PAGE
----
Everything you need to know about CT

How CT scans work

A CT scanner uses X-rays to create multi-dimensional images of a specific area which help to diagnose medical conditions. In some cases, contrast media may be injected to provide further detail. You’ll lie on a table which moves inside the scanner to obtain images.

A CT scan can be used to examine most parts of the body, including:

What to expect

A CT is a relatively low-risk procedure as it is non-invasive.

When you arrive, you’ll be asked to fill out a form overviewing your medical history, including any allergies. Depending on the scan, you may need to change into a gown and have a cannula inserted for a contrast injection. It’s very important to lie comfortably on the CT bed – any movement will make the scan less clear. Sometimes you’ll need to hold your breath for a brief period (less than 20 seconds).

The day of the CT

The day before
drink plenty of fluids so you’re well hydrated
Arrival Arrive 15 mins before apt to fill in paperwork

Prior to scanp
A gown & cannula might be required
The CT scan 15mins - 1 hour procedure

After scan
Finalise appt with reception and go home

Patient stories

Our CT scanners adhere to National Diagnostic Radiation Dose Levels and staff are trained to use the lowest possible dose.


Most of the time, no. However, some scans require you to fast for 2-4 hours beforehand. For others, you may need to follow a special diet for a few days prior to the scan. This will all be established when you make your booking.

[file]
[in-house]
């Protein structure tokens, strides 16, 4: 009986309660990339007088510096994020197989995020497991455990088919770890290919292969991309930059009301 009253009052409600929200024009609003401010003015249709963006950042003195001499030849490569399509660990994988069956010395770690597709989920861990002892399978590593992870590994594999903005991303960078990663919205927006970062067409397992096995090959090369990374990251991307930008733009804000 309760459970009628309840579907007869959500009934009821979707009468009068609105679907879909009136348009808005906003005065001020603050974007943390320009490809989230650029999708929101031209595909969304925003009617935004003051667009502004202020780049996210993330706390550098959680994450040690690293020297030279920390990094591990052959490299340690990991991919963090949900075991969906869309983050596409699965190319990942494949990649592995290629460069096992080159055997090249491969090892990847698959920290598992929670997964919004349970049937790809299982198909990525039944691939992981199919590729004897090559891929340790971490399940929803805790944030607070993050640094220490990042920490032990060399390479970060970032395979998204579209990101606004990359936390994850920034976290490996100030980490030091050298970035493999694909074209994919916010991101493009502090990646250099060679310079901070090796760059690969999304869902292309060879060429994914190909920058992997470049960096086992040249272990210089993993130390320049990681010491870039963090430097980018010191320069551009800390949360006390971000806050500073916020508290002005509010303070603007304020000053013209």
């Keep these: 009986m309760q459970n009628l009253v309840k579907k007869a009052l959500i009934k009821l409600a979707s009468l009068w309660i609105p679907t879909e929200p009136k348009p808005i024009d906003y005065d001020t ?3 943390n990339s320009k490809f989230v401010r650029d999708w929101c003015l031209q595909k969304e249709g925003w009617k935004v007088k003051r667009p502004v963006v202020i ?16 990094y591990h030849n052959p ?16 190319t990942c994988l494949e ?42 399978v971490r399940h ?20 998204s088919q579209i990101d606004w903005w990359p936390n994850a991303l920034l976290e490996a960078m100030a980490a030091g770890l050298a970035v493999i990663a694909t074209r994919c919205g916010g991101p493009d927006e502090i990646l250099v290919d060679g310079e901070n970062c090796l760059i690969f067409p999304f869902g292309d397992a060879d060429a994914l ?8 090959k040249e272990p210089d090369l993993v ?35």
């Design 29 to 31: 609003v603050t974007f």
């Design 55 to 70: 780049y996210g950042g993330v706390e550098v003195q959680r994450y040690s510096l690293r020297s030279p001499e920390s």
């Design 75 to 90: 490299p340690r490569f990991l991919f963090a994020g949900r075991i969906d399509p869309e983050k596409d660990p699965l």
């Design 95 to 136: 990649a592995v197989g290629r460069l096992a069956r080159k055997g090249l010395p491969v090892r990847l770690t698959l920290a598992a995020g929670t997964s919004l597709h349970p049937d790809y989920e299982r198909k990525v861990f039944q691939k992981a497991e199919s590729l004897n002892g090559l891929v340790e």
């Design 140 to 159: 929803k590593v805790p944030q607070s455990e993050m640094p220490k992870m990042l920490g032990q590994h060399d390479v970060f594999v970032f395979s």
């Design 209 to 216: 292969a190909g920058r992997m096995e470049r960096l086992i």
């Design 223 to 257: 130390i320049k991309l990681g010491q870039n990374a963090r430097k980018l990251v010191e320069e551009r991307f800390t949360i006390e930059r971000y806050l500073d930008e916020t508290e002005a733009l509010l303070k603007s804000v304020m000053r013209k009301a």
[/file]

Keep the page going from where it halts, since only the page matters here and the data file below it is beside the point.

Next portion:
It’s best to wear comfortable clothing with no zips or buttons. This reduces your chances of having to get changed into a patient gown.
No, it’s usually advised to keep taking all regular medications. Even if you’re fasting, you can take your tablets with water. While some CT scans require you to pause your medications, you’ll be informed when making your booking.
Generally, no. But your doctor may have a valid reason for wanting the CT scan. This is a discussion to be had with your doctor before making your appointment. Where possible, a scan which doesn’t involve radiation would be used in this situation. However, sometimes there’s no suitable alternative.

Usually, yes, you’re fine to drive afterwards. However, some procedures dictate that you shouldn’t drive. In these cases, a responsible adult would need to drive you home. You’ll be informed of this when making your booking.

Meet Dr Peter Zheng

Consultant Radiologist, Lumus Imaging, Brisbane

“We are constantly adopting the latest technology and ideas, expanding into regional, rural and metropolitan areas, and attracting professionals with genuine talent and enthusiasm at every level. “